For basidiomycetes, the genomic era set in later than for ascomycetes, and in numbers of genome projects the former are still lagging behind the latter. Still, the available genomic data impacted natural product research as it reveals a stimulating disparity: the number of natural product genes, best reflected by the number of genes for polyketide synthases and peptide synthetases exceeds the number of known compounds by far—even after decades of chemical research. The “house eater” fungus Serpula lacrymans encodes 21 PKS and NRPS genes (Eastwood et al., 2011), the average number of PKS genes per basidiomycete genome is four, according to a survey of 35 mostly saprotrophic species (Lackner et al., 2012).

The wealth of natural product biosynthesis genes in a given species contrasts the few compounds known from the same species. This situation is reminiscent of what was found for ascomycete genomes years ago, e.g., for the genera Aspergillus, Penicillium, Fusarium, and others (Keller et al., 2005; Desjardins and Proctor, 2007; Sanchez et al., 2012). However, the course research has taken (and will be taking) to make as much sense as possible out of the genomic data is quite different with basidiomycetes. This is due to a number of reasons that contrast the situation with ascomycetes.

(a) Basidiomycetes are mostly dikaryotic and hence little suitable for reverse genetics, although some species grow as monokarya in vitro.

(b) Basidiomycetes are little amenable, if at all, to transformation and genetic manipulation, as only a very modest number of genetic tools and procedures are in place. Notable exceptions with regard to producers of pharmacologically active metabolites pertain to the honey mushroom Armillaria mellea (Baumgartner et al., 2010) which produces the melleolides, i.e., unusual sesquiterpene ester antibiotics (Bohnert et al., 2014). Also, a transformation procedure was established for the pleuromutilin producer Clitopilus passeckerianus (Kilaru et al., 2009).

(c) The ecological preferences of numerous basidiomycetes have so far remained obscure and can only now be established by using modern methods of molecular ecology. For instance, some species that were hitherto regarded as saprotrophs, such as Hygrocybe virginea, are now suspected to possess hitherto unknown associations with plants, illustrating in-depth studies on their ecology might in future be rewarding (Tello et al., 2014).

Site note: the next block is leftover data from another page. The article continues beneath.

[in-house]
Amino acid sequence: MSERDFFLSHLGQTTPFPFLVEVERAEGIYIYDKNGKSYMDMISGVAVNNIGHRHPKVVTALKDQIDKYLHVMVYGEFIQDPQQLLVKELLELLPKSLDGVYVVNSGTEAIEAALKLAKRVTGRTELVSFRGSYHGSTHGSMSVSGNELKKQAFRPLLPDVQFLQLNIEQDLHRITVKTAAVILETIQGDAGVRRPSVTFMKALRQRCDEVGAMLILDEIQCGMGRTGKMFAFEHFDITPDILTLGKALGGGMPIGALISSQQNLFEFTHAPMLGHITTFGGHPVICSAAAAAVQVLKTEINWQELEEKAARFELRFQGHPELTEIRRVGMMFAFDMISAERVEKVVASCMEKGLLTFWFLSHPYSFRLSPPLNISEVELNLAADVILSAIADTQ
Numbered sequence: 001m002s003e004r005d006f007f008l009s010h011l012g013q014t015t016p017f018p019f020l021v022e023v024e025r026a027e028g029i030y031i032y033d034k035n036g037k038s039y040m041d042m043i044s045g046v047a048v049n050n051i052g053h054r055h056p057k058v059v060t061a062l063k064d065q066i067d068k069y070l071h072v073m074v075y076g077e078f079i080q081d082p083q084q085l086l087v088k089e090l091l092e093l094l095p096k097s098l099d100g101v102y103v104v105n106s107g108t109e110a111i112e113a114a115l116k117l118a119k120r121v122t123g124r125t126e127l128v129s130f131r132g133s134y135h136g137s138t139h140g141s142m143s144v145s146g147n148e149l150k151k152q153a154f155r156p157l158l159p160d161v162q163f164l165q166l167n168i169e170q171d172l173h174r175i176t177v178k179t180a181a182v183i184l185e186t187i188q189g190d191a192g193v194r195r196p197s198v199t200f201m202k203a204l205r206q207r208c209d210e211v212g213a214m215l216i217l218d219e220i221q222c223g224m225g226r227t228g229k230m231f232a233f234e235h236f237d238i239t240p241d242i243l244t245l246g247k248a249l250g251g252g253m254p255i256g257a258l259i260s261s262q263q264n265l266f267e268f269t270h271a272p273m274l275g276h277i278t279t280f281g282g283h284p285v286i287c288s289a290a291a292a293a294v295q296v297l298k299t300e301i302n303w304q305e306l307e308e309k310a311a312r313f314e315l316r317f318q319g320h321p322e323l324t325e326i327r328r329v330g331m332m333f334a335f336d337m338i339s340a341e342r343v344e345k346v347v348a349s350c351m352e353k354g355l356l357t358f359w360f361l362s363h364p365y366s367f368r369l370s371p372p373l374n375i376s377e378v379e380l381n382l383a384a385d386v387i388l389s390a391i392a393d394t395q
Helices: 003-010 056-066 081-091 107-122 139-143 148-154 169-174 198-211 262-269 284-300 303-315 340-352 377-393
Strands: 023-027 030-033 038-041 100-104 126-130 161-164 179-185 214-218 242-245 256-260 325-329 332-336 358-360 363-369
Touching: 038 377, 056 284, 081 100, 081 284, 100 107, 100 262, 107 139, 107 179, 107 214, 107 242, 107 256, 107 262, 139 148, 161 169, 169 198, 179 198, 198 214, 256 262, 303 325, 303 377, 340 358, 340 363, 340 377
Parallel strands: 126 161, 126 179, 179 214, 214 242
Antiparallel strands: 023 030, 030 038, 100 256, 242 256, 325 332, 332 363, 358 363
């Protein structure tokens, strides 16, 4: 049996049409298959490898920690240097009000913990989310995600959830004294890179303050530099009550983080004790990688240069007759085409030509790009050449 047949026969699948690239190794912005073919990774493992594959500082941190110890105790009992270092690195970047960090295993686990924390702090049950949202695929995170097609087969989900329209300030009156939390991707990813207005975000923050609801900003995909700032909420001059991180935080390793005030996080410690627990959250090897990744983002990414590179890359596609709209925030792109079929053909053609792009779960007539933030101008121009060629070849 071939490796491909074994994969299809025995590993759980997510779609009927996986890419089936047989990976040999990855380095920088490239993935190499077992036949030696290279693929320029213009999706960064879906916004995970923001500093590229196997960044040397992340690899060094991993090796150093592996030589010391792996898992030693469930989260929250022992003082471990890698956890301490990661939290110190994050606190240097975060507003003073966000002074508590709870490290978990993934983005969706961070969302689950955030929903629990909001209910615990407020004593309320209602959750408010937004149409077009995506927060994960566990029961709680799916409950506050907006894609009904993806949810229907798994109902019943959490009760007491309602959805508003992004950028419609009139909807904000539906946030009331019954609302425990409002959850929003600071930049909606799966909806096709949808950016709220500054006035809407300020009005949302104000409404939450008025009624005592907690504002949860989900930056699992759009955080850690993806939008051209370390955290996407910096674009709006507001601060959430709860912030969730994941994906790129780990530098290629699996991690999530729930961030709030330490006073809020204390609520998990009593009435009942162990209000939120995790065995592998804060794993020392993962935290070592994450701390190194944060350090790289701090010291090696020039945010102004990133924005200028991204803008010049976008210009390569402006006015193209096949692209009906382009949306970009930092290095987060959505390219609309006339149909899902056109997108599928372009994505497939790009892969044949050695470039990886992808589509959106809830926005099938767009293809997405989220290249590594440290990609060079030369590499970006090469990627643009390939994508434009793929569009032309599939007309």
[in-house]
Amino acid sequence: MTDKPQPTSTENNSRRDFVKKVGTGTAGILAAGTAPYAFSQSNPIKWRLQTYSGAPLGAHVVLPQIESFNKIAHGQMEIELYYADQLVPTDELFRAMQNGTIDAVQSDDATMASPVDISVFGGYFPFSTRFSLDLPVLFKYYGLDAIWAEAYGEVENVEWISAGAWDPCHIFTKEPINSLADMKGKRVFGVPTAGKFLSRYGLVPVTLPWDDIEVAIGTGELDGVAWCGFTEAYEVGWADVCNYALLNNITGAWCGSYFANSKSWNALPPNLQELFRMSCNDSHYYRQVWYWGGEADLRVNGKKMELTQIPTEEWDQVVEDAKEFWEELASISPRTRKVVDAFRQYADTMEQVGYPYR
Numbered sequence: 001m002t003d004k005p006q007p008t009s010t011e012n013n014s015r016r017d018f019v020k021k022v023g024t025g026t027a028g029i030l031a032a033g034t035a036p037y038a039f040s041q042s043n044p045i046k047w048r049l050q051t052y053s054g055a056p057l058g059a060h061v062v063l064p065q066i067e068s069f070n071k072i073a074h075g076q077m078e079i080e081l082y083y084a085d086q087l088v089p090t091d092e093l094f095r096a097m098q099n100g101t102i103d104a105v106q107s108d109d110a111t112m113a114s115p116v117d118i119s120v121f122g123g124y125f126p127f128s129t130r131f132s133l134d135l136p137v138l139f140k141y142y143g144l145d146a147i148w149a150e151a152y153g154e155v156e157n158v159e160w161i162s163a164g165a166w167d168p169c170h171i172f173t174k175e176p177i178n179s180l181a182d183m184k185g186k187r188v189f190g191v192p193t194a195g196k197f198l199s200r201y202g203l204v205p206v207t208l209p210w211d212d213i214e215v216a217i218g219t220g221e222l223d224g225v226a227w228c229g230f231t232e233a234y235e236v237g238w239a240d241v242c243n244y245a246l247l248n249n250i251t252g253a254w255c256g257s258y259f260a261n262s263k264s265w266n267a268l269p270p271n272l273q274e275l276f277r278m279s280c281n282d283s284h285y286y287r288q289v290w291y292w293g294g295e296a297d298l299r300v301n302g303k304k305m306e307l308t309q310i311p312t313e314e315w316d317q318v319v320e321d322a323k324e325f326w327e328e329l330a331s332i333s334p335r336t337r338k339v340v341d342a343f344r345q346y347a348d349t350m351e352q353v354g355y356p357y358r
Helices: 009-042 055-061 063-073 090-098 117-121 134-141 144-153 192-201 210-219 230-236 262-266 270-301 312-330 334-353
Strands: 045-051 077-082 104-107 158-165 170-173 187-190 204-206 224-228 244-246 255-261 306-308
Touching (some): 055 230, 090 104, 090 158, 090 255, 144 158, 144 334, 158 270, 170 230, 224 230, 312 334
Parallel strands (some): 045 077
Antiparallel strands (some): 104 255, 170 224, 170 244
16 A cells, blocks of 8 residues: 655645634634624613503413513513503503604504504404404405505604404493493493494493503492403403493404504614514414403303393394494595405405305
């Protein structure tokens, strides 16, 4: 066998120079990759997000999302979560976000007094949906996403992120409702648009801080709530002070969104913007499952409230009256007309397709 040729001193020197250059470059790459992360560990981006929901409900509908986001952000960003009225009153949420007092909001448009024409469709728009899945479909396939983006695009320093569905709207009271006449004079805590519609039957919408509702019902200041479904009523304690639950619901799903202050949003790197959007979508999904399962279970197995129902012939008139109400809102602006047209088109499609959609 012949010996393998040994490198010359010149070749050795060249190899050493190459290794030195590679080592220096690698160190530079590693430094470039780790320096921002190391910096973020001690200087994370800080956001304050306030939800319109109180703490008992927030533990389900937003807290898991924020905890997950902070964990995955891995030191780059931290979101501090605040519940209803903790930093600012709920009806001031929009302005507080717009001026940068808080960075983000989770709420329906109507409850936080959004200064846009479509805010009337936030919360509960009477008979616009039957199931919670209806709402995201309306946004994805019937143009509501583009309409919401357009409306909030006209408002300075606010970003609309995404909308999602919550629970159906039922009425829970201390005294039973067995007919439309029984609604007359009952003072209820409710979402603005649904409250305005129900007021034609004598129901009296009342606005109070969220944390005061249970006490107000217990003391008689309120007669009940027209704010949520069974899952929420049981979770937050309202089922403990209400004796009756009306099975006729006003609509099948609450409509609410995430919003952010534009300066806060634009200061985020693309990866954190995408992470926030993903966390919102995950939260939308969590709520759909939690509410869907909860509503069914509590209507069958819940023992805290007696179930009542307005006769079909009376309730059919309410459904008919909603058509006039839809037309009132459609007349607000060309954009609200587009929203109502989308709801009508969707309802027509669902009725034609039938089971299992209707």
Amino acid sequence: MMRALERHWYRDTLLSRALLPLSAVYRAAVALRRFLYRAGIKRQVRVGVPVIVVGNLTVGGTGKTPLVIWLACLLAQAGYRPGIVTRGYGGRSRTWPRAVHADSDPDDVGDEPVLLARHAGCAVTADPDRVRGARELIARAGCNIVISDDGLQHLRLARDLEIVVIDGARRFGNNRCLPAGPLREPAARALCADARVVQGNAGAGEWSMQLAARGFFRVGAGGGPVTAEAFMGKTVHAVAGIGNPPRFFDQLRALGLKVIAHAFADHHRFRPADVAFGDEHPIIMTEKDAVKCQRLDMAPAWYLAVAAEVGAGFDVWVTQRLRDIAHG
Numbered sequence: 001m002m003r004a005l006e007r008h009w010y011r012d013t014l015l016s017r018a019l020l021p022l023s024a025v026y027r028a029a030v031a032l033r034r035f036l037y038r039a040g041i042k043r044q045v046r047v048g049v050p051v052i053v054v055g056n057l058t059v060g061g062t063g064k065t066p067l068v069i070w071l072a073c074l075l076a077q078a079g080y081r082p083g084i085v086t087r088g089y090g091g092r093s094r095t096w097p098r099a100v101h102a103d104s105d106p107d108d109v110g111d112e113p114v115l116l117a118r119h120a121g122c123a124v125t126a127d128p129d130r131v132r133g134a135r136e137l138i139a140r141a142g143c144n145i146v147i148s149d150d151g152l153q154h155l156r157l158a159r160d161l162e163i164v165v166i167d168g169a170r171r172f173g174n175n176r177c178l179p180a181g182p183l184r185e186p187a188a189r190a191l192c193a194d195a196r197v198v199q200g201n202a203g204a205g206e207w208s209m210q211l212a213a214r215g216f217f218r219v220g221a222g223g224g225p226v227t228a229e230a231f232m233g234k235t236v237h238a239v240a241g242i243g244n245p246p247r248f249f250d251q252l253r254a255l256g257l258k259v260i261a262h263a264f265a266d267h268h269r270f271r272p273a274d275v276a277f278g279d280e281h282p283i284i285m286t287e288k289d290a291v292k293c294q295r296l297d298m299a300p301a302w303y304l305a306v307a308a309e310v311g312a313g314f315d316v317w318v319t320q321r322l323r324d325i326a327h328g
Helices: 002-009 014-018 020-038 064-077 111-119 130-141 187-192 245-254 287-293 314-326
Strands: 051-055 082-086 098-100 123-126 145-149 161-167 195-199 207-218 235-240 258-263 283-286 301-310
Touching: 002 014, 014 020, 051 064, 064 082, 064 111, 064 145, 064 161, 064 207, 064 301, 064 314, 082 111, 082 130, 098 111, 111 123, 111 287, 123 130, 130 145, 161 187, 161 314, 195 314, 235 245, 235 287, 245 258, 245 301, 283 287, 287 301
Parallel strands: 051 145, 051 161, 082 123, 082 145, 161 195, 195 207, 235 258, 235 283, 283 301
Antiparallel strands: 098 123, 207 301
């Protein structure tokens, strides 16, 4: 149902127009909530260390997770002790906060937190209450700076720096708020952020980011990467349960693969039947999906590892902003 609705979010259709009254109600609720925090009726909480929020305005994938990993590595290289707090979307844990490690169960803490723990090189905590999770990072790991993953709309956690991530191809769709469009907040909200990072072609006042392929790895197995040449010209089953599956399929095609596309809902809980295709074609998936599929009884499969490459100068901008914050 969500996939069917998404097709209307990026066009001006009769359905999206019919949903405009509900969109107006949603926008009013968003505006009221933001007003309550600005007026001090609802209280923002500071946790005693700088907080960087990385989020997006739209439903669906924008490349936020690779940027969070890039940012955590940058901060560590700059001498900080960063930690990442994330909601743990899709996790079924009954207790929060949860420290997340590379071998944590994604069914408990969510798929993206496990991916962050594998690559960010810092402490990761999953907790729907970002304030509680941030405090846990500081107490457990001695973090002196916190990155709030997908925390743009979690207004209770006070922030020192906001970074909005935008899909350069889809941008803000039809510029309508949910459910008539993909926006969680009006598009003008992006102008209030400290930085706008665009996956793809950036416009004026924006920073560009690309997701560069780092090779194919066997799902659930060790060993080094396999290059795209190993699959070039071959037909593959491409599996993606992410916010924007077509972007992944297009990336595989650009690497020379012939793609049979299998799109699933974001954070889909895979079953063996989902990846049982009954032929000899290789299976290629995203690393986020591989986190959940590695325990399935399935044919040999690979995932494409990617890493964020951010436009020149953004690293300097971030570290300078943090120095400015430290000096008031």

(d) Many basidiomycetes, in particular the biotrophic pathogens, are difficult or virtually impossible to grow in axenic culture. This applies e.g., to the entire subdivision Pucciniomycotina, (“rust fungi”) and to the obligate mycorrhizal taxa, comprising important families, such as the Russulaceae and Cortinariaceae, from whose basidiomes numerous unique secondary metabolites have already been obtained. Even in some other “saprotrophic” genera, such as Pluteus, the basidiospores do not readily germinate, and stable cultures can hardly be established from sterile mycelial plugs taken out of the basidome tissues using standard methodology. Protocols to culture rust fungi or mycorrhizal symbionts have been elaborated by competent mycologists several decades ago. We encourage the community to also emphasize teaching classical mycological techniques, to educate the coming generation of mycologists and prevent these valuable methods from slowly being forgotten. In fact, such techniques could be useful to facilitate work on the genomics and metabolomics of these organisms since stable cultures could be used for propagation of sufficient biomass and a number of other interesting tasks.